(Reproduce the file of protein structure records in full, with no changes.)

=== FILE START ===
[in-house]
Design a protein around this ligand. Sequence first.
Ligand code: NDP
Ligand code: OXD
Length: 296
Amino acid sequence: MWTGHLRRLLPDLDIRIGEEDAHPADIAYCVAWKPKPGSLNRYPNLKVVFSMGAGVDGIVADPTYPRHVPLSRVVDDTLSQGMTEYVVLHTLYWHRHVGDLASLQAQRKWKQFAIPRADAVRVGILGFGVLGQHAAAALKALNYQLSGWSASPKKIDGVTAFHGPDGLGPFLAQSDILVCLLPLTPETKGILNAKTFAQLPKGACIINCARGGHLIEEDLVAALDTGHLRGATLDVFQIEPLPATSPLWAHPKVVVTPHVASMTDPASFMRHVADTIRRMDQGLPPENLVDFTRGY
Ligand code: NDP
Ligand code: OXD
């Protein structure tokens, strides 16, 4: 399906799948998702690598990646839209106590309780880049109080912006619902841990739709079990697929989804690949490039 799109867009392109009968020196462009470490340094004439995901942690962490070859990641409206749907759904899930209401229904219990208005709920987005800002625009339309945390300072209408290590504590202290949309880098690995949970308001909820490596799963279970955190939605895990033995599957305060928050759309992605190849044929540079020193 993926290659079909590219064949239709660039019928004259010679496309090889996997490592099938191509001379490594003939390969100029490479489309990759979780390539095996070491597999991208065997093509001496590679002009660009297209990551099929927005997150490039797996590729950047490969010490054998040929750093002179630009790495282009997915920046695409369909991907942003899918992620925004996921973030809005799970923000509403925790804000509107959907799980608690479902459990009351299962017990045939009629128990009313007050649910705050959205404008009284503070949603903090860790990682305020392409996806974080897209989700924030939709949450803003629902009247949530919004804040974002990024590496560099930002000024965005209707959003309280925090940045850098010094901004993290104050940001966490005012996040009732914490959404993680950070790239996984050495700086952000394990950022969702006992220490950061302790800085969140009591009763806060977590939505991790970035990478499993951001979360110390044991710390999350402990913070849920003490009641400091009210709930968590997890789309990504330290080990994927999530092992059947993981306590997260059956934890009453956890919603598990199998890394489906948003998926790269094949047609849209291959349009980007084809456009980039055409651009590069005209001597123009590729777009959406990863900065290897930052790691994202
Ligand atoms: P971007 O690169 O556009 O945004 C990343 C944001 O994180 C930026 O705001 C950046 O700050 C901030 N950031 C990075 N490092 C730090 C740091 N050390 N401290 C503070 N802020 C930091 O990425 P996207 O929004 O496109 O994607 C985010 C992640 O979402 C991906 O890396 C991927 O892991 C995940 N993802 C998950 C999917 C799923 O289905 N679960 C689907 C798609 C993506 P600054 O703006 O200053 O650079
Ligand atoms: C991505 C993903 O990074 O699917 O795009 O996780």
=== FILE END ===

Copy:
[in-house]
Design a protein around this ligand. Sequence first.
Ligand code: NDP
Ligand code: OXD
Length: 296
Amino acid sequence: MWTGHLRRLLPDLDIRIGEEDAHPADIAYCVAWKPKPGSLNRYPNLKVVFSMGAGVDGIVADPTYPRHVPLSRVVDDTLSQGMTEYVVLHTLYWHRHVGDLASLQAQRKWKQFAIPRADAVRVGILGFGVLGQHAAAALKALNYQLSGWSASPKKIDGVTAFHGPDGLGPFLAQSDILVCLLPLTPETKGILNAKTFAQLPKGACIINCARGGHLIEEDLVAALDTGHLRGATLDVFQIEPLPATSPLWAHPKVVVTPHVASMTDPASFMRHVADTIRRMDQGLPPENLVDFTRGY
Ligand code: NDP
Ligand code: OXD
């Protein structure tokens, strides 16, 4: 399906799948998702690598990646839209106590309780880049109080912006619902841990739709079990697929989804690949490039 799109867009392109009968020196462009470490340094004439995901942690962490070859990641409206749907759904899930209401229904219990208005709920987005800002625009339309945390300072209408290590504590202290949309880098690995949970308001909820490596799963279970955190939605895990033995599957305060928050759309992605190849044929540079020193 993926290659079909590219064949239709660039019928004259010679496309090889996997490592099938191509001379490594003939390969100029490479489309990759979780390539095996070491597999991208065997093509001496590679002009660009297209990551099929927005997150490039797996590729950047490969010490054998040929750093002179630009790495282009997915920046695409369909991907942003899918992620925004996921973030809005799970923000509403925790804000509107959907799980608690479902459990009351299962017990045939009629128990009313007050649910705050959205404008009284503070949603903090860790990682305020392409996806974080897209989700924030939709949450803003629902009247949530919004804040974002990024590496560099930002000024965005209707959003309280925090940045850098010094901004993290104050940001966490005012996040009732914490959404993680950070790239996984050495700086952000394990950022969702006992220490950061302790800085969140009591009763806060977590939505991790970035990478499993951001979360110390044991710390999350402990913070849920003490009641400091009210709930968590997890789309990504330290080990994927999530092992059947993981306590997260059956934890009453956890919603598990199998890394489906948003998926790269094949047609849209291959349009980007084809456009980039055409651009590069005209001597123009590729777009959406990863900065290897930052790691994202
Ligand atoms: P971007 O690169 O556009 O945004 C990343 C944001 O994180 C930026 O705001 C950046 O700050 C901030 N950031 C990075 N490092 C730090 C740091 N050390 N401290 C503070 N802020 C930091 O990425 P996207 O929004 O496109 O994607 C985010 C992640 O979402 C991906 O890396 C991927 O892991 C995940 N993802 C998950 C999917 C799923 O289905 N679960 C689907 C798609 C993506 P600054 O703006 O200053 O650079
Ligand atoms: C991505 C993903 O990074 O699917 O795009 O996780």